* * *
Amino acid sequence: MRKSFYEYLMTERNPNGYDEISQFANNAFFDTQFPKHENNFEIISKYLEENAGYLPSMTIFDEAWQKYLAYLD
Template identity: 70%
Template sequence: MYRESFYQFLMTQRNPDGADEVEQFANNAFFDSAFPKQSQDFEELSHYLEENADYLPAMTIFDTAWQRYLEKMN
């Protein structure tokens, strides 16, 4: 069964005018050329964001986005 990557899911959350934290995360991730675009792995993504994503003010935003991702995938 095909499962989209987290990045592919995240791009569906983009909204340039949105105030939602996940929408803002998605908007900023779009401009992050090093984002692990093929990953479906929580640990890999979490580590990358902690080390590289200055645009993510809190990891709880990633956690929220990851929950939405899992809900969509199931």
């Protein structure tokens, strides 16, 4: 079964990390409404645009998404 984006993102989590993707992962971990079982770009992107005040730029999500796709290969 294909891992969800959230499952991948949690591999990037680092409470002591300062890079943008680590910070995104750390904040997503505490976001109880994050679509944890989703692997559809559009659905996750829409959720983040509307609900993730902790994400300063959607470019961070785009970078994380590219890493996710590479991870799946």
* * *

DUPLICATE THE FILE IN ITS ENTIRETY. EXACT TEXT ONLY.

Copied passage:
Amino acid sequence: MRKSFYEYLMTERNPNGYDEISQFANNAFFDTQFPKHENNFEIISKYLEENAGYLPSMTIFDEAWQKYLAYLD
Template identity: 70%
Template sequence: MYRESFYQFLMTQRNPDGADEVEQFANNAFFDSAFPKQSQDFEELSHYLEENADYLPAMTIFDTAWQRYLEKMN
């Protein structure tokens, strides 16, 4: 069964005018050329964001986005 990557899911959350934290995360991730675009792995993504994503003010935003991702995938 095909499962989209987290990045592919995240791009569906983009909204340039949105105030939602996940929408803002998605908007900023779009401009992050090093984002692990093929990953479906929580640990890999979490580590990358902690080390590289200055645009993510809190990891709880990633956690929220990851929950939405899992809900969509199931």
């Protein structure tokens, strides 16, 4: 079964990390409404645009998404 984006993102989590993707992962971990079982770009992107005040730029999500796709290969 294909891992969800959230499952991948949690591999990037680092409470002591300062890079943008680590910070995104750390904040997503505490976001109880994050679509944890989703692997559809559009659905996750829409959720983040509307609900993730902790994400300063959607470019961070785009970078994380590219890493996710590479991870799946």